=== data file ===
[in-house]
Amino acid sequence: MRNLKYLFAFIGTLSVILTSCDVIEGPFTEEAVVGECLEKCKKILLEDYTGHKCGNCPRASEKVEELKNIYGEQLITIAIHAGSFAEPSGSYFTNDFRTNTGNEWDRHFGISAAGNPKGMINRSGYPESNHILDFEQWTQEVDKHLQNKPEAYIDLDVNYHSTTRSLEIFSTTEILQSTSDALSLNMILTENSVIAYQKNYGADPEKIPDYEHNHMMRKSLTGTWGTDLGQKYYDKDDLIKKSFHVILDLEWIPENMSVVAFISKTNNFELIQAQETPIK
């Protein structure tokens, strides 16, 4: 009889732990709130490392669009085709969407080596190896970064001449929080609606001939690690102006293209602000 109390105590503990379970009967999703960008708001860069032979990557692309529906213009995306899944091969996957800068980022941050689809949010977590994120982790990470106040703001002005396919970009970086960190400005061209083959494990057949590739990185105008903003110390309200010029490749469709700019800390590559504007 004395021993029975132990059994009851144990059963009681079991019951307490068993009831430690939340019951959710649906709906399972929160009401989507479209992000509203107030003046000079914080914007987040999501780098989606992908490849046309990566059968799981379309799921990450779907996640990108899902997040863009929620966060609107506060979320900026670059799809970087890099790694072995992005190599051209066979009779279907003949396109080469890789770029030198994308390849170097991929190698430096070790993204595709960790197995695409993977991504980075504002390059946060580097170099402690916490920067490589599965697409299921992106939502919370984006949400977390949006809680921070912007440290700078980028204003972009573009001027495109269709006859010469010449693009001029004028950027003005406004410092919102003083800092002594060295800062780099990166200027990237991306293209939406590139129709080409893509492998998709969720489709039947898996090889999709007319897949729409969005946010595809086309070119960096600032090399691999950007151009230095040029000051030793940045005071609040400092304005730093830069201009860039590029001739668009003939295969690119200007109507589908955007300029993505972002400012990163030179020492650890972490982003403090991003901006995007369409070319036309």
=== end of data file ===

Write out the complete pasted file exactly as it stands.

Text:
[in-house]
Amino acid sequence: MRNLKYLFAFIGTLSVILTSCDVIEGPFTEEAVVGECLEKCKKILLEDYTGHKCGNCPRASEKVEELKNIYGEQLITIAIHAGSFAEPSGSYFTNDFRTNTGNEWDRHFGISAAGNPKGMINRSGYPESNHILDFEQWTQEVDKHLQNKPEAYIDLDVNYHSTTRSLEIFSTTEILQSTSDALSLNMILTENSVIAYQKNYGADPEKIPDYEHNHMMRKSLTGTWGTDLGQKYYDKDDLIKKSFHVILDLEWIPENMSVVAFISKTNNFELIQAQETPIK
């Protein structure tokens, strides 16, 4: 009889732990709130490392669009085709969407080596190896970064001449929080609606001939690690102006293209602000 109390105590503990379970009967999703960008708001860069032979990557692309529906213009995306899944091969996957800068980022941050689809949010977590994120982790990470106040703001002005396919970009970086960190400005061209083959494990057949590739990185105008903003110390309200010029490749469709700019800390590559504007 004395021993029975132990059994009851144990059963009681079991019951307490068993009831430690939340019951959710649906709906399972929160009401989507479209992000509203107030003046000079914080914007987040999501780098989606992908490849046309990566059968799981379309799921990450779907996640990108899902997040863009929620966060609107506060979320900026670059799809970087890099790694072995992005190599051209066979009779279907003949396109080469890789770029030198994308390849170097991929190698430096070790993204595709960790197995695409993977991504980075504002390059946060580097170099402690916490920067490589599965697409299921992106939502919370984006949400977390949006809680921070912007440290700078980028204003972009573009001027495109269709006859010469010449693009001029004028950027003005406004410092919102003083800092002594060295800062780099990166200027990237991306293209939406590139129709080409893509492998998709969720489709039947898996090889999709007319897949729409969005946010595809086309070119960096600032090399691999950007151009230095040029000051030793940045005071609040400092304005730093830069201009860039590029001739668009003939295969690119200007109507589908955007300029993505972002400012990163030179020492650890972490982003403090991003901006995007369409070319036309």